In the October 14th edition of Science Signaling researchers at Boston University School of Medicine (BUSM), The Children's Hospital of Philadelphia/University of Pennsylvania School of Medicine and The University of Colorado Denver School of Medicine have shown that the development of epilepsy in adult rats is linked to functional changes in the expression of alpha 1 containing GABA-A receptors, the main inhibitory neurotransmitter receptor in the brain, that may be dependent upon BDNF-induced activation of the Janus kinase (JAK)/signal transducers and activators of transcription (STAT) pathway.
Activation of the JAK/STAT pathway has previously been shown to be dependent upon cytokines and is implicated in a large number of inflammatory diseases.
The multiple subunits of the GABA-A receptor show developmental and region specific expression in the brain and produce a diverse set of functional receptor isoforms. Drs. Shelley Russek, a molecular neuroscientist/pharmacologist from Boston University School of Medicine and Dr. Amy Brooks-Kayal, a pediatric neurologist researcher from the University of Colorado Denver School of Medicine, believe that changes in inhibitory receptors in a portion of the brain known as the dentate gyrus may be crtically important to the development of temporal lobe epilepsy, the most common type of epilepsy in children and adults. Decrease of GABA-A receptors containing alpha 1 subunits at the synapse, and increase of receptors containing alpha 4, has been associated with spontaneous seizures.
The senior authors recent publication associates the marked rise in BDNF that accompanies prolonged seizures with a specific decrease in the levels of alpha 1 that is reversed upon in vivo delivery of a JAK/STAT pathway inhibitor. Alpha 1 gene regulation is dependent upon the induction of a transcriptional repressor called inducible cAMP early repressor (ICER) that binds to the alpha 1 gene in coordination with the cAMP regulatory element binding protein (CREB).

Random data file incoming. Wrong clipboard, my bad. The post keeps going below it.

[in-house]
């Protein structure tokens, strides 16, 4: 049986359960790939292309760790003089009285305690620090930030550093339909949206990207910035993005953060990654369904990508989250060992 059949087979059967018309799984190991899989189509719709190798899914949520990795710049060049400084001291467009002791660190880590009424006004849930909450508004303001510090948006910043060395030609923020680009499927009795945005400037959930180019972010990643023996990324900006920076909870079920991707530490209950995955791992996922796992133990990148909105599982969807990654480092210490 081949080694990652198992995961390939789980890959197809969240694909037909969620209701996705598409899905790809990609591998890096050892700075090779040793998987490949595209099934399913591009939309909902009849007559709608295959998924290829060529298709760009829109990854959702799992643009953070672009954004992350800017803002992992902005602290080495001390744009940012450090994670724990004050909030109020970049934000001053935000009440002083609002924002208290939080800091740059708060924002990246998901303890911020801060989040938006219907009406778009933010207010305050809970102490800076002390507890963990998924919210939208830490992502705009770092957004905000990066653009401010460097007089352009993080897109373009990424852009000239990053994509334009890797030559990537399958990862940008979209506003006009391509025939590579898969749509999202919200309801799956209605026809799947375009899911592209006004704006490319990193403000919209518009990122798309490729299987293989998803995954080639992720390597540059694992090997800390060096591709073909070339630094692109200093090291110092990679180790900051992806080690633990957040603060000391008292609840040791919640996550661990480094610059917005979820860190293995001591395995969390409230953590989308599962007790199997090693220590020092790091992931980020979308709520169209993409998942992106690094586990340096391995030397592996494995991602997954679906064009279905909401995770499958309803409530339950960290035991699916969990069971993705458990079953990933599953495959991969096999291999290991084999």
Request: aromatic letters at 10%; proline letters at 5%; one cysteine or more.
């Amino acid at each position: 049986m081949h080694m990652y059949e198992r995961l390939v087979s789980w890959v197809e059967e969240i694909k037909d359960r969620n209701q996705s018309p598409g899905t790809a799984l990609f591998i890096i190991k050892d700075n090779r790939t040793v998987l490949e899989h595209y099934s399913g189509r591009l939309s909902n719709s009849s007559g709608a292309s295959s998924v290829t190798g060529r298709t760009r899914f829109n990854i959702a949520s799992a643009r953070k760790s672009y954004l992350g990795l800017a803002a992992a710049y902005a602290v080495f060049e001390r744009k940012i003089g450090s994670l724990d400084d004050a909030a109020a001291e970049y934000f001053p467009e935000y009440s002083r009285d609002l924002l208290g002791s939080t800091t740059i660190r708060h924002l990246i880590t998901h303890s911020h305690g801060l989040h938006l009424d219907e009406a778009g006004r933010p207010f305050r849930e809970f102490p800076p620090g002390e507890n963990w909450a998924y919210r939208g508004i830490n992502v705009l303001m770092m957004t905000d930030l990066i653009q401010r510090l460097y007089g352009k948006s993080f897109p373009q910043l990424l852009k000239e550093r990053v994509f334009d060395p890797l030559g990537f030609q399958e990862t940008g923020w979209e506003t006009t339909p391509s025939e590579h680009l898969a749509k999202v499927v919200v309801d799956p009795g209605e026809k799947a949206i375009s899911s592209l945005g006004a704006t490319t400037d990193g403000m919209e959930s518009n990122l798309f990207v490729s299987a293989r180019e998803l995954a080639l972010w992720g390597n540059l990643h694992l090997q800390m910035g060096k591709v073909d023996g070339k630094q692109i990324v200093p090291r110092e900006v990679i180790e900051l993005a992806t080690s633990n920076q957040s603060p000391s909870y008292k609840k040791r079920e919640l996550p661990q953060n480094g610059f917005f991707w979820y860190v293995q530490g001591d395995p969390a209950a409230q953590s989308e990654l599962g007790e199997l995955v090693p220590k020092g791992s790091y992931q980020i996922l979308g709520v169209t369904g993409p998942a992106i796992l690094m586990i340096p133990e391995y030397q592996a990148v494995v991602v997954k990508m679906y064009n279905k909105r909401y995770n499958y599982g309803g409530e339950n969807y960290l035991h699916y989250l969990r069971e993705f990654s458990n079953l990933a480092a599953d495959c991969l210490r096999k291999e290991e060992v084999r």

Previous research from the laboratories of Russek and Brooks-Kayal reported that BDNF increases the abundance of the alpha 4 subunit of the GABA-A receptor independent of JAK/STAT signaling and dependent upon mitogen activating protein kinases (MAPKs). Taken together with the latest results, BDNF acts through at least two distinct pathways to influence GABA-mediated inhibition in the brain. "Our identification of signaling pathways regulating the most abundant form of synaptic GABA-A receptors in the central nervous system may lead to the development of novel molecular therapies for multiple disorders including epilepsy, given that changes in their expression are also associated with alcoholism, anxiety and stress," states Dr. Russek.
An estimated 400,000 Americans have temporal lobe epilepsy – a neurological impairment that includes both psychopathology and altered brain physiology. Onset of this form of epilepsy in some adults and children can be linked to an initial brain injury or systemic infection. However multiple cases are without such associations and are not treatable by traditional medical therapies.
The National Institutes of Health and the American Epilepsy Society provide grant support that funds the Russek and Brooks-Kayal collaborative research effort.
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